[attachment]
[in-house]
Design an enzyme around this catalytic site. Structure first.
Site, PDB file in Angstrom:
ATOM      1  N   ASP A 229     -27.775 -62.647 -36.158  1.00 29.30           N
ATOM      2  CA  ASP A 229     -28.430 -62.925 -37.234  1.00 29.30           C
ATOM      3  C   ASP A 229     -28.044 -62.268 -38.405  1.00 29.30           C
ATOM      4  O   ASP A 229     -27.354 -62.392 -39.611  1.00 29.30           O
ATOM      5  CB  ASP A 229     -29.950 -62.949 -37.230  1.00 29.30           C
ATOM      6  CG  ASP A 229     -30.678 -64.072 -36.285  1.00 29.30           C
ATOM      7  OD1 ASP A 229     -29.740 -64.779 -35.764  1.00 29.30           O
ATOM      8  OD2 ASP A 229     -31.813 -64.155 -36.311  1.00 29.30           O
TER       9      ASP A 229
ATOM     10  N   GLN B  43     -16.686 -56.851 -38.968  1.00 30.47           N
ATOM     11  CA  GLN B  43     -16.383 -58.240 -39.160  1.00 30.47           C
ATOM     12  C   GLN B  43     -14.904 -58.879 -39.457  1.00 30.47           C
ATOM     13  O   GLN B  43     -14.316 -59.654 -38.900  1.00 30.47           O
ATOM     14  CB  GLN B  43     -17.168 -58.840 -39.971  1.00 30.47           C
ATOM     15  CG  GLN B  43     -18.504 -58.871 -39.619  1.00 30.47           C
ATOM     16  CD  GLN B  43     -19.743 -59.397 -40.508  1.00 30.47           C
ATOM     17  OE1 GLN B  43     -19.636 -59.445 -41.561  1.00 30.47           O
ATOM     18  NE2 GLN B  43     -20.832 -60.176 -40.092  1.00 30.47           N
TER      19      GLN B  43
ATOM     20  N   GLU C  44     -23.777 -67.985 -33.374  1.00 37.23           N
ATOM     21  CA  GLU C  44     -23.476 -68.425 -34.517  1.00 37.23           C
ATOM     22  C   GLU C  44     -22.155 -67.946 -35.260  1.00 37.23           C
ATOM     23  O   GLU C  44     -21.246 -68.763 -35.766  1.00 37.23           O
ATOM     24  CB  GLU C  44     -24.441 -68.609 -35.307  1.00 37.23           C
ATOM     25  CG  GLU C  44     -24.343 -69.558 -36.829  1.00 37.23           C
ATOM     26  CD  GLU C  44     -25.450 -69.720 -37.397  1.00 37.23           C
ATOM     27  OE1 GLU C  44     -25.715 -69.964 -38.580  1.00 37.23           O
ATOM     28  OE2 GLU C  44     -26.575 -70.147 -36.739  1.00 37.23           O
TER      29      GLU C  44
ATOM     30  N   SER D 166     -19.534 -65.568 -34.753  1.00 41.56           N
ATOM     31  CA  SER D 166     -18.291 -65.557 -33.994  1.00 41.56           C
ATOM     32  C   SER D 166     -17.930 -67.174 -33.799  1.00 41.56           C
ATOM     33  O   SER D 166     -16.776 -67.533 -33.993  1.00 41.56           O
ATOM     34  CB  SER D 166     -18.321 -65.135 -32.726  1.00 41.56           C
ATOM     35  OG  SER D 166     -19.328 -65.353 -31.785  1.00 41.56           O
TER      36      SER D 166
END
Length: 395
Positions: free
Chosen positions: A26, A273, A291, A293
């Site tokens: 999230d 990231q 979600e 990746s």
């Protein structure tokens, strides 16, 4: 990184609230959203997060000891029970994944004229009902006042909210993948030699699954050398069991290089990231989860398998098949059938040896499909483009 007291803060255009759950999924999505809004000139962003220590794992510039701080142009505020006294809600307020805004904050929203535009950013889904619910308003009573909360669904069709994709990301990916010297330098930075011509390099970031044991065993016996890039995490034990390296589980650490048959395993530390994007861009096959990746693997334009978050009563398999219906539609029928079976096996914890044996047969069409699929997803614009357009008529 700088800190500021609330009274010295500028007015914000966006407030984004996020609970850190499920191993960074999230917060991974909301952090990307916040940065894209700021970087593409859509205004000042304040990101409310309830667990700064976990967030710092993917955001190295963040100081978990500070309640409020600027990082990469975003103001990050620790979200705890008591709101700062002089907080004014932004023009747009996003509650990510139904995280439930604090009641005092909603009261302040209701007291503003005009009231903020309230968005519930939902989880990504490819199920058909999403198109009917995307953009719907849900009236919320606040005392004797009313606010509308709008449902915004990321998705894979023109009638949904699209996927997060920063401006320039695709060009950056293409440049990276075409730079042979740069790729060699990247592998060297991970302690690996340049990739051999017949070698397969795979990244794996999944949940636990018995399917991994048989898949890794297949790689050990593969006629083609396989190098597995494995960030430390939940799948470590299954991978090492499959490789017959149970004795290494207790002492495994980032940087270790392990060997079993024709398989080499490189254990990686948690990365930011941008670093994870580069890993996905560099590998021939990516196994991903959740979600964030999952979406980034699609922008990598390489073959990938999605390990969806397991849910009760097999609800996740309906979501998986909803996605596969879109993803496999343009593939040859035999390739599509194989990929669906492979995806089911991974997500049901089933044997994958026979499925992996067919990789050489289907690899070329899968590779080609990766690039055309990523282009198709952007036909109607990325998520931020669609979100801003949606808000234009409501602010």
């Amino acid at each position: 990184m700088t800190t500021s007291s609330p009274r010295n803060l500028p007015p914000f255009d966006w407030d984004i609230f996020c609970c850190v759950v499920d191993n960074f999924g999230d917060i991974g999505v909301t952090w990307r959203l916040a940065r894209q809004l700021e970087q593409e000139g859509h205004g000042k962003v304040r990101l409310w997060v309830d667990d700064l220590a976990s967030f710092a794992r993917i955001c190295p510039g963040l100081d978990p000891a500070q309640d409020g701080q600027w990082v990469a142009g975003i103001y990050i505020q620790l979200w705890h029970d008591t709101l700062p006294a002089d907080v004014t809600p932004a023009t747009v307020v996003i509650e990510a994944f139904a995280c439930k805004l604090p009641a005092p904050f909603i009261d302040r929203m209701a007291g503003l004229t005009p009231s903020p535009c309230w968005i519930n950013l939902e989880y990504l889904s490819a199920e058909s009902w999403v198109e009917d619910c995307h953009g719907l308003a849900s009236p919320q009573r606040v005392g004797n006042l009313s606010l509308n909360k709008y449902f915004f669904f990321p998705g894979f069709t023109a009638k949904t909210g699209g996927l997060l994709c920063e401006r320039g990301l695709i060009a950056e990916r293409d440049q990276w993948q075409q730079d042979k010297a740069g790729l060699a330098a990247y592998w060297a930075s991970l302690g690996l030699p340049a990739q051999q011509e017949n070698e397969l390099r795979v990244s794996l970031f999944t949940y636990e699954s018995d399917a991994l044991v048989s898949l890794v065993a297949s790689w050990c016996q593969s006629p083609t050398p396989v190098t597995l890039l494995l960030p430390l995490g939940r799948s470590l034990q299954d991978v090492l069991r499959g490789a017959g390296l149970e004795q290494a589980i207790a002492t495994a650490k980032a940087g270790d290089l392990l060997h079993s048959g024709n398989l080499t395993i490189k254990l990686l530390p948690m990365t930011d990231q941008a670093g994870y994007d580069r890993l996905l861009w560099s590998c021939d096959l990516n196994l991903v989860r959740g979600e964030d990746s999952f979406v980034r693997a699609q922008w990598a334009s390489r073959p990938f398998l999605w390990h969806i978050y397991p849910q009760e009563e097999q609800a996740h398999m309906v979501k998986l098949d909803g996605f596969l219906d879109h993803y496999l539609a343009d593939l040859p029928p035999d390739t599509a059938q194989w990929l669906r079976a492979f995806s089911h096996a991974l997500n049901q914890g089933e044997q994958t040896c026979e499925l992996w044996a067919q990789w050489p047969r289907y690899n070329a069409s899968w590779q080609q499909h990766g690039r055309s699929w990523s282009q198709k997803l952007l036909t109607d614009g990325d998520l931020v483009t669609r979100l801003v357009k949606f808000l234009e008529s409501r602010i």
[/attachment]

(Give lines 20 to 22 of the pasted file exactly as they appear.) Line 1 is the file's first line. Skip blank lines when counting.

ATOM     17  OE1 GLN B  43     -19.636 -59.445 -41.561  1.00 30.47           O
ATOM     18  NE2 GLN B  43     -20.832 -60.176 -40.092  1.00 30.47           N
TER      19      GLN B  43